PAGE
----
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The history of the famous Masters green jacket

The history of the famous Masters green jacket
Posted at 9:09 AM, Apr 11, 2024

Elite-level sports really nailed their symbols of triumph: The Stanley Cup. The Heisman Trophy. The enormous pewter plate at women’s Wimbledon.

Each one is instantly recognizable for what it is, a token that marks the highest achievements in sport. But you can’t exactly tote them around town, now, can you?

The Masters golf tournament, held every spring at Augusta National Golf Club in Augusta, Georgia, boasts a wearable trophy — the famous green jacket awarded to the winner. It’s an iconic trophy and a fashion statement. But if you think winners can just tool around town, bragging about their wins forever, it’s not quite that simple. With this year’s tourney going on right now, read on for a little more on the history — and the strict protocol — behind that beautiful blazer.

FILE - This June 27, 1929 file photo, Bobby Jones makes a shot out of a sand trap as the 33rd U.S. Open Golf championship at the Winged Foot Golf Club at Mamaroneck, N.Y. (AP Photo, File)

Augusta National was founded in 1932 by financier Clifford Roberts and golf hero Bobby Jones (pictured above in 1929). Later that decade, the club began presenting members with the exclusive green jacket.

According to Augusta National’s Masters 101, each jacket is made to the same specifications: Three buttons, a notched lapel, a single vent, made of tropical-weight wool in its own Pantone shade, Masters Green. The Masters logo appears on the left breast pocket and each button. Though a few tailoring changes have come and gone — lapels growing and shrinking, for example — it’s stayed basically the same since the ’30s. All of the jacket components are made in the United States.

In 1949, golf legend Sam Snead was the first Masters winner to be awarded a green jacket. Every year since, the Masters winner gets a stand-in jacket in a ceremony after the match. Later, the winner receives a custom-made green jacket as their prize.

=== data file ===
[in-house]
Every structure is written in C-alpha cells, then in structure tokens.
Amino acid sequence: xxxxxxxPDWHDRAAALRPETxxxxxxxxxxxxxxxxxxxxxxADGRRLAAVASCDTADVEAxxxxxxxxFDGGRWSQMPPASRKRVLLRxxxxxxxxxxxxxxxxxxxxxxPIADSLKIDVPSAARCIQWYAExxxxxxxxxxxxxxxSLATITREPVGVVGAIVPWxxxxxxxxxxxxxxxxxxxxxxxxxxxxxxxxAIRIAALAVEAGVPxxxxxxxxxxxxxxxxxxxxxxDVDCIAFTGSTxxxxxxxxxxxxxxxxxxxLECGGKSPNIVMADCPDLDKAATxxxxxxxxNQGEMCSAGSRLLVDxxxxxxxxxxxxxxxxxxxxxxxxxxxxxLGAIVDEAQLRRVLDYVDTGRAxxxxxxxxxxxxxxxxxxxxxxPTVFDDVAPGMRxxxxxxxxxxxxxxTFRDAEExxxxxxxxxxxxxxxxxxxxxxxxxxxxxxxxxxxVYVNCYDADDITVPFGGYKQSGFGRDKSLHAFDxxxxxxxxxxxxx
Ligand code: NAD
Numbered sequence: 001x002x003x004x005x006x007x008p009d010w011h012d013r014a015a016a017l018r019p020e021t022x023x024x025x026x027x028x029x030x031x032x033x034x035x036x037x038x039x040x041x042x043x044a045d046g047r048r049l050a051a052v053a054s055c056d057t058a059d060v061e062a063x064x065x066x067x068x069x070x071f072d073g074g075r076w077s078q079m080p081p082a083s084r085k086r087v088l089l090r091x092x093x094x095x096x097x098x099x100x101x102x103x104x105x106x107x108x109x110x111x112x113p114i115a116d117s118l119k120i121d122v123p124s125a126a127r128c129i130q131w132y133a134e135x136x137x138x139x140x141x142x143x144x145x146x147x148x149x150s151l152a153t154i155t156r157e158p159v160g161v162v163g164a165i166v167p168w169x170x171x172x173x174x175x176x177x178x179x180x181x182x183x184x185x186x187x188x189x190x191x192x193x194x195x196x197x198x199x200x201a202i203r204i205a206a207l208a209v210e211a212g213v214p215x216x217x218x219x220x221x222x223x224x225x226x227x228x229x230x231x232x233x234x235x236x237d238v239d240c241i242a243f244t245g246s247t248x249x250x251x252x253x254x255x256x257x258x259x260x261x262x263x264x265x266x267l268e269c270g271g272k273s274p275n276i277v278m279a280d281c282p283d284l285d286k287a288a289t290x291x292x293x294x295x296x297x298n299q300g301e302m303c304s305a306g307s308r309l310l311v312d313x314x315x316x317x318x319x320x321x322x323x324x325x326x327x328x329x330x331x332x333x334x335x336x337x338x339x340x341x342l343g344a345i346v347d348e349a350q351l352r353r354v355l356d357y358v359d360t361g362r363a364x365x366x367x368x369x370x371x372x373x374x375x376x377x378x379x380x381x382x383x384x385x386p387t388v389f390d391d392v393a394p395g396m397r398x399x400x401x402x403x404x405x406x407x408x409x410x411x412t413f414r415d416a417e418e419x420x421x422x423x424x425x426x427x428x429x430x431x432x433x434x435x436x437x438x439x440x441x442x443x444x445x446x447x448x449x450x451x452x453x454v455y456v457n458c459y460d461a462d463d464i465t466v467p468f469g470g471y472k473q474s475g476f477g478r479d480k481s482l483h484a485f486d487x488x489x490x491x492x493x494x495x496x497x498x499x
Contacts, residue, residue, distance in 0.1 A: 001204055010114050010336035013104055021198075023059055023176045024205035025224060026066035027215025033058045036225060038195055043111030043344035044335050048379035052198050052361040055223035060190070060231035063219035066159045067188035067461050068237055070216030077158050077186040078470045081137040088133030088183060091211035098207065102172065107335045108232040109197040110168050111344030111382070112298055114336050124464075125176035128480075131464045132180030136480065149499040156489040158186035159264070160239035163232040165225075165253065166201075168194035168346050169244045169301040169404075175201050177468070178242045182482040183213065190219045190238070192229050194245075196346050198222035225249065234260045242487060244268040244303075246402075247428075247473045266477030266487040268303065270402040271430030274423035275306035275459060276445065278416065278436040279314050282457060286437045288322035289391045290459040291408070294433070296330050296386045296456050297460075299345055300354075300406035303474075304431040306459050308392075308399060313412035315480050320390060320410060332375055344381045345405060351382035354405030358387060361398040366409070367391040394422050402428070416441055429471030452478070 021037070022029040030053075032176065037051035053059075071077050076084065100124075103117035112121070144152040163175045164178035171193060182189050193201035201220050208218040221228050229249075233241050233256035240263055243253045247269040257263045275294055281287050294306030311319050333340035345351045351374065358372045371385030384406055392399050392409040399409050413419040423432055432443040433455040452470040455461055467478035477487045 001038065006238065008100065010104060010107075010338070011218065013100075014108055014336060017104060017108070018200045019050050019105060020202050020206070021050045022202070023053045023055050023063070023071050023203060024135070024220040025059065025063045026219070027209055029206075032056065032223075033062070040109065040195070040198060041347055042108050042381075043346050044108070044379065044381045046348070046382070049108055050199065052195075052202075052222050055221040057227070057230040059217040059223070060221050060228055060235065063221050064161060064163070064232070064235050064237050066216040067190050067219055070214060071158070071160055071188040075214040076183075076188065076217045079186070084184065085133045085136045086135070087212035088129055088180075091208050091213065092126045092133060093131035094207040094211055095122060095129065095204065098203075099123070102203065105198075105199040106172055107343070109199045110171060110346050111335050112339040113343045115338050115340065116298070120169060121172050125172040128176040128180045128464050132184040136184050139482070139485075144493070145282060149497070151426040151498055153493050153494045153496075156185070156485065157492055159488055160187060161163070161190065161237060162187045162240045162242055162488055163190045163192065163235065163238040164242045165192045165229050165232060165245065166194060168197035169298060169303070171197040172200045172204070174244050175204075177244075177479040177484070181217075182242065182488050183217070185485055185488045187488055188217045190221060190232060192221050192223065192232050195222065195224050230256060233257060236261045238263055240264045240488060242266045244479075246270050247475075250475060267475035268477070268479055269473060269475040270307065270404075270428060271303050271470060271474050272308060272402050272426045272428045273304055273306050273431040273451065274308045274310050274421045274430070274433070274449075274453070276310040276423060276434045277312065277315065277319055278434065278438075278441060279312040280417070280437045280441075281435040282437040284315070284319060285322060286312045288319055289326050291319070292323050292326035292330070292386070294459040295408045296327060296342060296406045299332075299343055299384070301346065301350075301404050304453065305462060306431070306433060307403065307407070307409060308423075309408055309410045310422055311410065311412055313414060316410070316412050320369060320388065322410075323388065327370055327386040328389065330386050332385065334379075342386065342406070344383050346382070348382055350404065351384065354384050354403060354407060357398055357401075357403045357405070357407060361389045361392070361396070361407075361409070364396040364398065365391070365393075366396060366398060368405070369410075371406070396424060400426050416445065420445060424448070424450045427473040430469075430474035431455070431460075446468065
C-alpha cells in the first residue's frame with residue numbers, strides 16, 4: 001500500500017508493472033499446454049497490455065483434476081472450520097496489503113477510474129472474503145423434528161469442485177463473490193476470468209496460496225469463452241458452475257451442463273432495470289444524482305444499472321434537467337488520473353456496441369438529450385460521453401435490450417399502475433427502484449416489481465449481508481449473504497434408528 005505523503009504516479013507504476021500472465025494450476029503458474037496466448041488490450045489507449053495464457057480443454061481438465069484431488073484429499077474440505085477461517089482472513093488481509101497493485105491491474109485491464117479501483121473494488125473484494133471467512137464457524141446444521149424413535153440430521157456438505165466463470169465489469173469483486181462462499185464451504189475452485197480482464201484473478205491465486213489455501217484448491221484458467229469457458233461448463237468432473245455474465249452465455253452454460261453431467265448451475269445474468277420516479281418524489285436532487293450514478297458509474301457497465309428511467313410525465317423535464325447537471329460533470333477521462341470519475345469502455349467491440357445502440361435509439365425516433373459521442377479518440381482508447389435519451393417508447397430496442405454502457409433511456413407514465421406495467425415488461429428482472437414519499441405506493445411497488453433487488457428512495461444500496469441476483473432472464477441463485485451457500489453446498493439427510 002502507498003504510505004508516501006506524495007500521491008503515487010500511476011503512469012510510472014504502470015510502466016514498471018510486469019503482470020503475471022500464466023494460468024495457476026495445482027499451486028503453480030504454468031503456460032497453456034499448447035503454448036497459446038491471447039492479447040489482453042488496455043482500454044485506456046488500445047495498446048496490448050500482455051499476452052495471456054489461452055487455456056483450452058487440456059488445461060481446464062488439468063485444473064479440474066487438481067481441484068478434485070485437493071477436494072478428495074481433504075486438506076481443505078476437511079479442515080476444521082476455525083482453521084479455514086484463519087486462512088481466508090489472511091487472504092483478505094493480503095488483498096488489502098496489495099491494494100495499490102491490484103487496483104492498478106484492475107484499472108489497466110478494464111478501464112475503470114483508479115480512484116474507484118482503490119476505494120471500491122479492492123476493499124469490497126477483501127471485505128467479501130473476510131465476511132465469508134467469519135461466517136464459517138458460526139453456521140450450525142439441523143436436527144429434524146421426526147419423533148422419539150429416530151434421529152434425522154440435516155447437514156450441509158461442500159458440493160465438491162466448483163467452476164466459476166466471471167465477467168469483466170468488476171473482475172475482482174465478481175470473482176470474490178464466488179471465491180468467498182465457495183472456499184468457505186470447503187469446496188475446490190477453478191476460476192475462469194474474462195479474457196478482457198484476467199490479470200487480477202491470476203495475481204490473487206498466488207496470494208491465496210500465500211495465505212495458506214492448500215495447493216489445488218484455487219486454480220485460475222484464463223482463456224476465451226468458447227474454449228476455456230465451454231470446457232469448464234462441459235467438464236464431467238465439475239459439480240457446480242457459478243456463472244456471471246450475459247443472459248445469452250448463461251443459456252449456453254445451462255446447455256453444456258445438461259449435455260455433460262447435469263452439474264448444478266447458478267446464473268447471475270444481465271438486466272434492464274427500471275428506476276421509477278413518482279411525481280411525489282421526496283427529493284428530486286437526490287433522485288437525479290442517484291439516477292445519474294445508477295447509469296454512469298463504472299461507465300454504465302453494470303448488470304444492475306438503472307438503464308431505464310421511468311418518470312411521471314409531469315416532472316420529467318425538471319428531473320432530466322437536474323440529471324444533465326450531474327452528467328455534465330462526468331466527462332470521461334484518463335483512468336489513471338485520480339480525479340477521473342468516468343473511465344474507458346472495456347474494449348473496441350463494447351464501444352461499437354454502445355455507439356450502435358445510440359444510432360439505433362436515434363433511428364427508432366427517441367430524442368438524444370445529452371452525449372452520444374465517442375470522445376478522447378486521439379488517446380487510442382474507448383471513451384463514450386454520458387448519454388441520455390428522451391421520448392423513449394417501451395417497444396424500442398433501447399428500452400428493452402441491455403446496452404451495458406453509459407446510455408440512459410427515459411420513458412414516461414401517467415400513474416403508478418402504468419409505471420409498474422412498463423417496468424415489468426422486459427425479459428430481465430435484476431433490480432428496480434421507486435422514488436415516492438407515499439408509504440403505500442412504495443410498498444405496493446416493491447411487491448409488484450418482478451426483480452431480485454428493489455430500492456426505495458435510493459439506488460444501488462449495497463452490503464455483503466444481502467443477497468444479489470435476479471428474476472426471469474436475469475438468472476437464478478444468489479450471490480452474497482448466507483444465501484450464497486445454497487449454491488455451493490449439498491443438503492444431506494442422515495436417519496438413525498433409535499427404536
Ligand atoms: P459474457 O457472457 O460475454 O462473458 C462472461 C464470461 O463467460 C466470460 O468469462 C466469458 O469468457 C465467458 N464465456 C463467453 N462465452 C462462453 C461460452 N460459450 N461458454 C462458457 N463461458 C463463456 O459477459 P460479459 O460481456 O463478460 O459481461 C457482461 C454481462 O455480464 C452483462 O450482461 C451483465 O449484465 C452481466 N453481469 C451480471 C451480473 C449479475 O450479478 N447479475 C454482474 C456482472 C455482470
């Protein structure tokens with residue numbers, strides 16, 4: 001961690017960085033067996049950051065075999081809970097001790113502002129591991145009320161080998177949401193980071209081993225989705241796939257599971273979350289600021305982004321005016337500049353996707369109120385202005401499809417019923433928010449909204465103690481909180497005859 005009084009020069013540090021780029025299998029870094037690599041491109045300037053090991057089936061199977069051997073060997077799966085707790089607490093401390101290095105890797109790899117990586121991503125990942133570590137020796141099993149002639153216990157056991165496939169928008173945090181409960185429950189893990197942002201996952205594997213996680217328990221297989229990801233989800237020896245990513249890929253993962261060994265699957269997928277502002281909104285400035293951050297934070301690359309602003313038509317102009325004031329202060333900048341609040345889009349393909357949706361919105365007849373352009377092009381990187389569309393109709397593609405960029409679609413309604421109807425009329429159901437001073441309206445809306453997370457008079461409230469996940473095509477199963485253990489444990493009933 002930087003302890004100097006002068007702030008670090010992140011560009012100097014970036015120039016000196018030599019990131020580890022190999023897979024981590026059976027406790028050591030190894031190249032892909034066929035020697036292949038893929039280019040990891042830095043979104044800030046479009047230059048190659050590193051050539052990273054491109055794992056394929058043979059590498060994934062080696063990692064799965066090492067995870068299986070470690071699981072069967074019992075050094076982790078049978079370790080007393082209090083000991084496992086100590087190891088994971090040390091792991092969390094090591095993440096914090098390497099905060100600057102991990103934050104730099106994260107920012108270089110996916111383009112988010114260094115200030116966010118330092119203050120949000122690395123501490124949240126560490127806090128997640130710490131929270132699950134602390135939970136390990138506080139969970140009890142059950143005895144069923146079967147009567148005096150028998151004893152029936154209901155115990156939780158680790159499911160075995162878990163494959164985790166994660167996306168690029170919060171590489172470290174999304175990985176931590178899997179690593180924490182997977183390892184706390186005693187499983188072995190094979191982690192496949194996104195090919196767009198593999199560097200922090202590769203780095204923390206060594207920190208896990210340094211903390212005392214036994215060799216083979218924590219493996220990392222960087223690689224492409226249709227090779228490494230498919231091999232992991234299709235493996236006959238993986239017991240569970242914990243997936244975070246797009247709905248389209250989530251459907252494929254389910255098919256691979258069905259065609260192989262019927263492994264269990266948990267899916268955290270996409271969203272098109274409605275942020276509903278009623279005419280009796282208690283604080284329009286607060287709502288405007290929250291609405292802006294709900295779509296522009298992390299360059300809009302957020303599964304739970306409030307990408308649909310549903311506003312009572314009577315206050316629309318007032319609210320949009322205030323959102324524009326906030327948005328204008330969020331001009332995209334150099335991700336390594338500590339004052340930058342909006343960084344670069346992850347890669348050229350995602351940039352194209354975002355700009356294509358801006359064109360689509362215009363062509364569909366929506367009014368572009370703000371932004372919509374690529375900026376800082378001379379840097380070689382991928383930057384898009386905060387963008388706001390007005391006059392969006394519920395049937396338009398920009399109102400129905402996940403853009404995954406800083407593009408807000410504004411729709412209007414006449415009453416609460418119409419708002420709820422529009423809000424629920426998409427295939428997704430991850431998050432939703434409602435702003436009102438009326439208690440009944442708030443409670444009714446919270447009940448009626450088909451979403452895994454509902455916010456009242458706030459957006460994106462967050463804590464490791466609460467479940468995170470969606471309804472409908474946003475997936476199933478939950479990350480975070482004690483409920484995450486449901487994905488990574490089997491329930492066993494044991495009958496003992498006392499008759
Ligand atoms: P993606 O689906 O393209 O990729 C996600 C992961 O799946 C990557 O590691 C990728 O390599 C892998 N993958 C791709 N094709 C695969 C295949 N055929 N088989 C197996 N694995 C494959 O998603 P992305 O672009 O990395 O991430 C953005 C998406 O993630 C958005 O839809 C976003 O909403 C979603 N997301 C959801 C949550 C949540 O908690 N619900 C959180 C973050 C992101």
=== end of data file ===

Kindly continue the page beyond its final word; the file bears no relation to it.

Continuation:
Tiger Woods smiles as he wears his green jacket after winning the Masters golf tournament Sunday, April 14, 2019, in Augusta, Ga. (AP Photo/Matt Slocum)

The list of Masters winners is a list of all-time greats including Arnold Palmer, Jack Nicklaus, Tiger Woods and loads of other luminaries. But since the Masters is a men’s-only tournament, no women champions have donned the jacket. (Augusta National only began admitting women to the club in 2012, making green jackets in women’s sizes quite rare.)

In fact, becoming a member at Augusta National is a mysterious process. There is no application form. No one’s totally sure how much it costs, though some estimate the initiation fee to be about $40,000 plus monthly dues and other charges.

Non-members may only visit the club with an invitation from a member, who must accompany them at all times. The only way to become a member is to be invited by a current member, undergo a rigorous vetting process and pony up the cash (or win the Masters tournament).

But even Masters champions must abide by the rules of the jacket. The big one: You may not wear your green jacket outside of the club. Ever. It stays at Augusta National in your personal locker.

Members only sign at Augusta National Golf Club

The one exception? The current Masters champion may wear their coat in public, but only for the year after they win. After that, the regular rules apply — sort of. Masters winners, when they’ve been deposed by the next champ, must store their jacket at the club in a special “Champions Locker Room” until their next visit to the tournament.

Probably for the best as Masters Green doesn’t look as good with globs of mustard dried on a lapel.

We’re being silly, but it’s true — all that pomp and exclusivity is what makes the Masters so special. Whoever wears the jacket next will go down in history as one of golf’s greatest. And that person will be crowned this weekend — this year’s Masters tournament started April 8 with three days of pre-tournament play, and begins in earnest April 11 with Round 1, concluding on April 14 with Round 4. You can watch live coverage on ESPN from 3 p.m. to 7:30 p.m. EST, catch the replays on ESPN from 8 p.m. to 11 p.m. EST and watch highlights from the tournament on CBS from 11:35 p.m. to 11:50 p.m. EST. Or, you can listen to the action on the radio via SiriusXM from 10 a.m. to 10 p.m.

Wherever you watch, keep an eye out for this year’s winner — they’ll be wearing green!

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